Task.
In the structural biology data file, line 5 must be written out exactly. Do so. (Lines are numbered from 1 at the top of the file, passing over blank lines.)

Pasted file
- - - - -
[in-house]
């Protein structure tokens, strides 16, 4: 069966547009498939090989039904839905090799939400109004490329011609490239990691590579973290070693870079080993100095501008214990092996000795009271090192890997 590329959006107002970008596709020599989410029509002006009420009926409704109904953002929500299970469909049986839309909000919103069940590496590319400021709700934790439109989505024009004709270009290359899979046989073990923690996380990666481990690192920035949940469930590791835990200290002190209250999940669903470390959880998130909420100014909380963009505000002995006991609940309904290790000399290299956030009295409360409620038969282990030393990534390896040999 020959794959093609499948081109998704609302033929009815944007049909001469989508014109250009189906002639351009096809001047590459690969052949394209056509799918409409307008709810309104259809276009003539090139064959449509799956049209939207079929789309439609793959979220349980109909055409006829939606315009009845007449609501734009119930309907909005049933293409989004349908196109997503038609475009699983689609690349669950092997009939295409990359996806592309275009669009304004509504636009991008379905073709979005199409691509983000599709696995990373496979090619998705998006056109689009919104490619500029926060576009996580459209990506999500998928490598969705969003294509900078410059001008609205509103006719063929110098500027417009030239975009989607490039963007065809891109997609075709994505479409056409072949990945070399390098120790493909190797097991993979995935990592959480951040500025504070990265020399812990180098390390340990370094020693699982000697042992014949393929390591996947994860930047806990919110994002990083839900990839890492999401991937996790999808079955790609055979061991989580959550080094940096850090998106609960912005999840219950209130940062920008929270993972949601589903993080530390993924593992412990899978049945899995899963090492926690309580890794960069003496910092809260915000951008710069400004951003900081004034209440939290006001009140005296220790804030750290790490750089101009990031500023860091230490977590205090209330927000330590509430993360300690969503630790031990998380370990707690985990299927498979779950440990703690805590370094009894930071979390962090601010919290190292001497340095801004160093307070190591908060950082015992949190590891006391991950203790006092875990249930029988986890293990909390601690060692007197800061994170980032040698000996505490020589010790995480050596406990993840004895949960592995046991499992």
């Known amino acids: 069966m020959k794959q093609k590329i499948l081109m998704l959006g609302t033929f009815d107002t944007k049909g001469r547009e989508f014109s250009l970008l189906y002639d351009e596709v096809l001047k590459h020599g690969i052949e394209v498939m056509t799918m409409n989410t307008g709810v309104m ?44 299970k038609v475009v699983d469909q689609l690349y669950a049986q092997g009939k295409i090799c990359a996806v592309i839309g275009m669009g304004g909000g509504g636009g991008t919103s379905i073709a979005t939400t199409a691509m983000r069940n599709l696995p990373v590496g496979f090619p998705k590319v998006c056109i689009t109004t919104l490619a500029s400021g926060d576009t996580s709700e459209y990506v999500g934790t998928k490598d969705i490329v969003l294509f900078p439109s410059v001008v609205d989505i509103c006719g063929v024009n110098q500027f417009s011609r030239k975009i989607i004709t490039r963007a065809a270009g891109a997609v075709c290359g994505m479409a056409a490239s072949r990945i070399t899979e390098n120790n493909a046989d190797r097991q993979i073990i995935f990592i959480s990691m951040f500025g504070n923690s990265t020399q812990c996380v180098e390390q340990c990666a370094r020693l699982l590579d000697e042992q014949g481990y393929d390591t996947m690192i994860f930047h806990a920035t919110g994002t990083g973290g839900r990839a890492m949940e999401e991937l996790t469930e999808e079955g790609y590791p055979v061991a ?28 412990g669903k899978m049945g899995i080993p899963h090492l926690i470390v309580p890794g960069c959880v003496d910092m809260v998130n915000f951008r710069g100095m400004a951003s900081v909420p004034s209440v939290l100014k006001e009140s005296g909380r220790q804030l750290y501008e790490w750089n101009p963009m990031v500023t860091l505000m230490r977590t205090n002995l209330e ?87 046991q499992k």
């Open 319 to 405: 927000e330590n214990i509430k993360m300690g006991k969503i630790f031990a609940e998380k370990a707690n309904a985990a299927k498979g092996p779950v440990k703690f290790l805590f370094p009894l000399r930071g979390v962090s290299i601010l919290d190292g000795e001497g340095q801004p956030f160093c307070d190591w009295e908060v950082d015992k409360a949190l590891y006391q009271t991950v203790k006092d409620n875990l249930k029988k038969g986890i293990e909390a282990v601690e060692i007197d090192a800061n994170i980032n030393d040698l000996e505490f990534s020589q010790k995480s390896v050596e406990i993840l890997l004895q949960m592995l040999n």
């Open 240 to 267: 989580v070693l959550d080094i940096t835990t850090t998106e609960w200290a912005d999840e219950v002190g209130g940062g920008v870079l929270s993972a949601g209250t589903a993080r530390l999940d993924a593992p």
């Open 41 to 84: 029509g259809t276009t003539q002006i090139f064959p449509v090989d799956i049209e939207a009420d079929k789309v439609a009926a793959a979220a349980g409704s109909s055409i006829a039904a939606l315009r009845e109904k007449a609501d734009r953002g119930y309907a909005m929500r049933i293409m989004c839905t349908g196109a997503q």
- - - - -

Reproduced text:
């Open 240 to 267: 989580v070693l959550d080094i940096t835990t850090t998106e609960w200290a912005d999840e219950v002190g209130g940062g920008v870079l929270s993972a949601g209250t589903a993080r530390l999940d993924a593992p």